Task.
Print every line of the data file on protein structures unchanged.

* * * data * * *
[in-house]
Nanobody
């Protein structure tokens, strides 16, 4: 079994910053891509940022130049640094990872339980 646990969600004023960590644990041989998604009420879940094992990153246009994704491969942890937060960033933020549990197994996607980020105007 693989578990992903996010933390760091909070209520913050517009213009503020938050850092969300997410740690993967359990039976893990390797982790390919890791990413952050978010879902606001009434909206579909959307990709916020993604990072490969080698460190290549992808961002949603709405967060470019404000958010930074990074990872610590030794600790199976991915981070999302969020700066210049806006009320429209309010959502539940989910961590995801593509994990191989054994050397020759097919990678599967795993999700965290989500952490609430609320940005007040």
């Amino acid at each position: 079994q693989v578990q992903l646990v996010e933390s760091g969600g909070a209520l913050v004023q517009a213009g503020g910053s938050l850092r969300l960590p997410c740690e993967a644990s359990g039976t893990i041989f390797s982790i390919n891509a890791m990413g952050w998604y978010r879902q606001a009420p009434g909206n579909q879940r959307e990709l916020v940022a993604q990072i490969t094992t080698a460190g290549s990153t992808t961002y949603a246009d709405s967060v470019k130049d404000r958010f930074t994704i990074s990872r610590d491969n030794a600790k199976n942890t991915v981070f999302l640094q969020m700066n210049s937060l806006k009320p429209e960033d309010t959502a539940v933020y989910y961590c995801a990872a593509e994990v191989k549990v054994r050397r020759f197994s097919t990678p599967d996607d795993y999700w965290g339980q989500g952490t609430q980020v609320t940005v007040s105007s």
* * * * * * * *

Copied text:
[in-house]
Nanobody
């Protein structure tokens, strides 16, 4: 079994910053891509940022130049640094990872339980 646990969600004023960590644990041989998604009420879940094992990153246009994704491969942890937060960033933020549990197994996607980020105007 693989578990992903996010933390760091909070209520913050517009213009503020938050850092969300997410740690993967359990039976893990390797982790390919890791990413952050978010879902606001009434909206579909959307990709916020993604990072490969080698460190290549992808961002949603709405967060470019404000958010930074990074990872610590030794600790199976991915981070999302969020700066210049806006009320429209309010959502539940989910961590995801593509994990191989054994050397020759097919990678599967795993999700965290989500952490609430609320940005007040």
């Amino acid at each position: 079994q693989v578990q992903l646990v996010e933390s760091g969600g909070a209520l913050v004023q517009a213009g503020g910053s938050l850092r969300l960590p997410c740690e993967a644990s359990g039976t893990i041989f390797s982790i390919n891509a890791m990413g952050w998604y978010r879902q606001a009420p009434g909206n579909q879940r959307e990709l916020v940022a993604q990072i490969t094992t080698a460190g290549s990153t992808t961002y949603a246009d709405s967060v470019k130049d404000r958010f930074t994704i990074s990872r610590d491969n030794a600790k199976n942890t991915v981070f999302l640094q969020m700066n210049s937060l806006k009320p429209e960033d309010t959502a539940v933020y989910y961590c995801a990872a593509e994990v191989k549990v054994r050397r020759f197994s097919t990678p599967d996607d795993y999700w965290g339980q989500g952490t609430q980020v609320t940005v007040s105007s």